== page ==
The Associated Press reported yesterday that Serbia is preparing its citizens “in case” Kosovo declares independence on or about December 10, 2007. It is unclear how exactly the Serbs are preparing its citizens. Free massages, maybe?
I would assume, though, that responsible Serbs are reading and watching the news — not simply the groupthink stuff being published by Belgrade and Russia — to know that there is a better chance of finding weapons of mass destruction in Iraq than Kosovo agreeing to become an “autonomous province” like Puerto Rico or Hong Kong. I would hope, too, that Belgrade would do its part to prevent cross-border incursions and not stoke the flames of 600 year old battles.
To be sure, it may be difficult for the Serbs to reeducate its citizens (as it would be for the Albanians, too). When I was in Kosovo, I met with a Serb villager near Gate 5. He showed me a typical picture of “The Last Supper” in his house. He then went on to explain that this was a picture of “The Last Supper” of Tsar Lazar during the battle of Kosovo — six hundred years earlier.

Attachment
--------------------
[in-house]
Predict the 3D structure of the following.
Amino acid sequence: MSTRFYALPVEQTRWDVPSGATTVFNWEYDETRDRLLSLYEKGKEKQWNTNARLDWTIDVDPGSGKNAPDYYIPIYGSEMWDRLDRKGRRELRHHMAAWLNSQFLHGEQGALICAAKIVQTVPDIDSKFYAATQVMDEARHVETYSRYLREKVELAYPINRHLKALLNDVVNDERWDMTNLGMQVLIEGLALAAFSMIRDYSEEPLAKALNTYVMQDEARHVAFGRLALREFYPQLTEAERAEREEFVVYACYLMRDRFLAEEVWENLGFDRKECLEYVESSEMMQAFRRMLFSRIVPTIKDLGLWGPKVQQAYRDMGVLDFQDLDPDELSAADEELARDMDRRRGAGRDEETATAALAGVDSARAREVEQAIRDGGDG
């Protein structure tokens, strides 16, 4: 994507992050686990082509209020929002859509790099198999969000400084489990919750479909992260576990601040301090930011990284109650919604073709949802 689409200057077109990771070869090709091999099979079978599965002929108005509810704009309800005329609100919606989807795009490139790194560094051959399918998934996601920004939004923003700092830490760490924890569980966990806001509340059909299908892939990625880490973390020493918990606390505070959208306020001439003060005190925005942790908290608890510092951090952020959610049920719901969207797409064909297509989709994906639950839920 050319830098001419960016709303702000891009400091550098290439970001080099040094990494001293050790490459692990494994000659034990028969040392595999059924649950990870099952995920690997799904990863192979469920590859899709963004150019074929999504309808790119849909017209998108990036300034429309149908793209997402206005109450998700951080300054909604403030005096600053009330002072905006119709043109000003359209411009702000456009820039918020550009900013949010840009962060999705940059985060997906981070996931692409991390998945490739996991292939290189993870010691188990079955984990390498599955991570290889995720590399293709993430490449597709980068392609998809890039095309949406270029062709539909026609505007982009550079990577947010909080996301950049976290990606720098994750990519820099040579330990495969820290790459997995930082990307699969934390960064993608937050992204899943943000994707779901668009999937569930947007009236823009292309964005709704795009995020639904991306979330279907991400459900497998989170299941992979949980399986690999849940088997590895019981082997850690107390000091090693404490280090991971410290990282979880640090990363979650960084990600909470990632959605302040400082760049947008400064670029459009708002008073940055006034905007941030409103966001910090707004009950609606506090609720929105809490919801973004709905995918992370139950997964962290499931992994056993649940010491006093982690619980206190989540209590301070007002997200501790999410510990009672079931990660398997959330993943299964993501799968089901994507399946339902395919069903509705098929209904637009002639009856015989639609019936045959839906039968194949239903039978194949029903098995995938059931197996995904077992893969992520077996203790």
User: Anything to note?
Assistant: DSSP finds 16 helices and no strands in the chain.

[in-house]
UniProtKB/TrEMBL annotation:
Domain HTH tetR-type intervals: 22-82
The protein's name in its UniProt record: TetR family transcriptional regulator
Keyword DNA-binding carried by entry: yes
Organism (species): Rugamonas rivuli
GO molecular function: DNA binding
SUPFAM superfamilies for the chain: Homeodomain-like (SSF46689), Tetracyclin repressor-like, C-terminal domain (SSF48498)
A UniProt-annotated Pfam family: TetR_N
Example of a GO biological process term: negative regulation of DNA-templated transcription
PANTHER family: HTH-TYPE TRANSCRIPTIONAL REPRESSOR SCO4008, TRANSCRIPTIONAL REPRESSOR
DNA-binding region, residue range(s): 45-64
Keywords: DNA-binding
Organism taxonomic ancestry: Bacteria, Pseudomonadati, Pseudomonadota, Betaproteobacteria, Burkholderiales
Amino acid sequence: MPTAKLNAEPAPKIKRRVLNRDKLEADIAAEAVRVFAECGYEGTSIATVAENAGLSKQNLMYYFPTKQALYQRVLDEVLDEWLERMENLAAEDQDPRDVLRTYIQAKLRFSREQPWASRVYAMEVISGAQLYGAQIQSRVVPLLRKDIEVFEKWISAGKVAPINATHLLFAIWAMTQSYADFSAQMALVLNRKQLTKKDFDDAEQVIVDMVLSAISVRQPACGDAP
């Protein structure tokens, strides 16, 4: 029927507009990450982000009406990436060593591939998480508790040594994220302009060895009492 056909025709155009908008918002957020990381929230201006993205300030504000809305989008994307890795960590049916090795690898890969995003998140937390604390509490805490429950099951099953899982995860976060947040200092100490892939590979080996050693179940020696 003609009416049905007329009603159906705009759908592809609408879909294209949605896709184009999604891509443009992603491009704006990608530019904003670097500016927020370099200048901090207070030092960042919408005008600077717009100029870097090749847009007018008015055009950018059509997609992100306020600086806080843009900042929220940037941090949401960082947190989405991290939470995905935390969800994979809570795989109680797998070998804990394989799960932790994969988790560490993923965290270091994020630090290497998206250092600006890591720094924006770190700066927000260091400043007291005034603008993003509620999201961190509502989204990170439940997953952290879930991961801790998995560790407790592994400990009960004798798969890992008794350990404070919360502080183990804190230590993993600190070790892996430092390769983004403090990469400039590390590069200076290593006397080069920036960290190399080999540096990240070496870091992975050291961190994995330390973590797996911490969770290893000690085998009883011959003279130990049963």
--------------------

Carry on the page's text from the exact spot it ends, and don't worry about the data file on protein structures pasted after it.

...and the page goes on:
This is just one small tidbit (there are many stories on both sides) of why many people are certifiably freaked out about what will happen when Kosovo declares independence.
Serbian government preparing for Kosovo independence declaration (AP)
BELGRADE, Serbia — The Serbian government is preparing for a declaration of independence by Kosovo in case talks on the province’s future fail to reach a compromise, a senior official said Friday.
“As a responsible government, since there are indications that a number of countries would recognize an independent Kosovo, we have to be ready for the darkest scenario,” said the deputy prime minister Bozidar Djelic. Djelic gave no details, saying only that each government ministry is tasked with drafting a plan to be implemented in case Kosovo unilaterally declares independence from Serbia. Serbia has said it will never recognize Kosovo as a separate state. And it has hinted it might cut ties with any country that did. The southern province is formally part of Serbia, but it has been run by the United Nations and NATO since a 1999 war. Kosovo‘s majority ethnic Albanians insist on independence. Serb and Albanian delegations are to meet next week for a final round of internationally mediated talks near Vienna, Austria. Two years of negotiations have produced no result so far, and Kosovo Albanians have threatened to declare independence immediately after a Dec. 10 deadline set by the mediators. The United States and its allies have backed independence for Kosovo.